There is a smattering of Gene Simmons demos, varying in quality. “Heart Throb” is almost unlistenable. “Howling for Your Love” is OK but I can’t identify if it was later rewritten into something more recognizable. “It’s Gonna Be Alright” is bright and poppy with a drum machine backing Gene. Then there is “Jelly Roll”, a heavier track with a riff like “Tie Your Mother Down”. “Rock and Rolls Royce” is the track that was rewritten into “Love ‘Em and Leave ‘Em” from Rock and Roll Over. “Rotten to the Core” was recycled way later on 2009’s Sonic Boom as “Hot and Cold”. Like the Dokken tracks, I never burned these to CD because of the poor audio that I knew I wouldn’t want to listen to.
Other miscellaneous rarities here include Faith No More, Motley Crue and Van Halen. Faith No More were known to mess around with covers live, and here I have “Wicked Game” (Chris Isaak) and “We Will Rock You”. Sound quality is awful and neither are full songs, just them messing around on stage. The two unreleased Motley Tracks are “Black Widow” and something just labelled “unreleased track” which is actually “I Will Survive”. Both of these are officially released now so I have no reason to keep them. Onto Van Halen, not everything sounds shite, but “On Fire” is just a few seconds of a demo. “Let’s Get Rockin'” is complete. A good sounding track that later was reworked as “Outta Space” on A Different Kind of Truth. Then I have 90 seconds of the sneak preview single for “It’s About Time” (2004). And then just two seconds of shred on a track labelled “VANHwhee”. So strange!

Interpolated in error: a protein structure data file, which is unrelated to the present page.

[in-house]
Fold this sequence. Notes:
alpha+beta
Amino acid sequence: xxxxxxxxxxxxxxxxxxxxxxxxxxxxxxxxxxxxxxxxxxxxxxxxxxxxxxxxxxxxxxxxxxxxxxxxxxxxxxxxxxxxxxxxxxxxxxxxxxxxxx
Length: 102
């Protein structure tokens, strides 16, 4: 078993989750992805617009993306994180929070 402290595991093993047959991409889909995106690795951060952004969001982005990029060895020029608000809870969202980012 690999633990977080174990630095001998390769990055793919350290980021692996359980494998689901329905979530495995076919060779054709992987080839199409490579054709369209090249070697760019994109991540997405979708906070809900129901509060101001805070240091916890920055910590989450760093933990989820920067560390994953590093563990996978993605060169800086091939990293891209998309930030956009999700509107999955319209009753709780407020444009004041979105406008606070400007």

Other rarities include one Def Leppard treasure called “Burnout”, which was an official download from their site. It was also available on the CD single for “Goodbye” and a Def Leppard boxed set. I also have an audio rip of “Lick My Love Pump” from the movie This Is Spinal Tap. I should really take this and add it to the soundtrack as a bonus track!
I downloaded some miscellaneous songs that I didn’t own the albums for, but intended to get later:
Blue Oyster Cult – “Don’t Fear the Reaper” (I was watching Stephen King’s The Stand that year!)
Budgie – “Breadfan”
Buckethead – “Nottingham Lace” (might be an official download)
Cat Stevens – “The Wind”
Creedence Clearwater Revival – “Down on the Corner” (mislabelled as “Willy and the Poor Boys”)
Fleetwood Mac – “Go Your Own Way”
Iced Earth – “Dracula”
Iced Earth – “Jack”
Kenny Rogers – “Just Dropped In (To See What Condition My Condition Was In)”
Marty Robbins – “El Paso”
Mojo Nixon & Skid Roper – “Elvis is Everywhere”
The Pursuit of Happiness – “I’m An Adult Now”
The Pursuit of Happiness – “Hard to Laugh”
Of these, there are some I still have not bought and some I have no intention of getting anymore. I do own the B.O.C., Budgie, Cat Stevens, CCR, Kenny Rogers, Marty Robbins, and Fleetwood Mac. I’d still like to get Mojo Nixon to be honest with you!
Finally, there are bits of pieces of funny things that I liked to have hanging around for making mix CDs. Many are from a website that used to have mp3 files of movie quotes, and the rest are from Homestar Runner. Does that take you back to the 2000s? From Homestar, I have “Alright 4 2Night”, “Strongbadia National Anthem”, “Everybody Knows It”, “Ballad of the Sneak”, “Cheat Commandos”, “CGNU Fight Song”, and a computer voice saying “back off baby”! I might have been using that as an MSN Messenger alert sound. Any time someone messaged me, the computer would say “back off baby”! If I didn’t, I should have. From the movie Sexy Beast I grabbed a bunch of Ben Kingsley’s best lines. Saying he’s going to put his cigarette out in somebody’s eye, calling someone “porky pig”, yelling “no!” repeatedly, and announcing he had to take a piss. Because of course.
The last files I found on this CD are strange, but for the sake of a complete and thorough inventory, they are:
no_respect: 24 seconds of the pretty terrible “Rappin'” Rodney Dangerfield song from the 80s.
50_10sec: Actually 11 seconds of the “Smoke on the Water” riff. I can tell it’s Blackmore. Why did I keep this?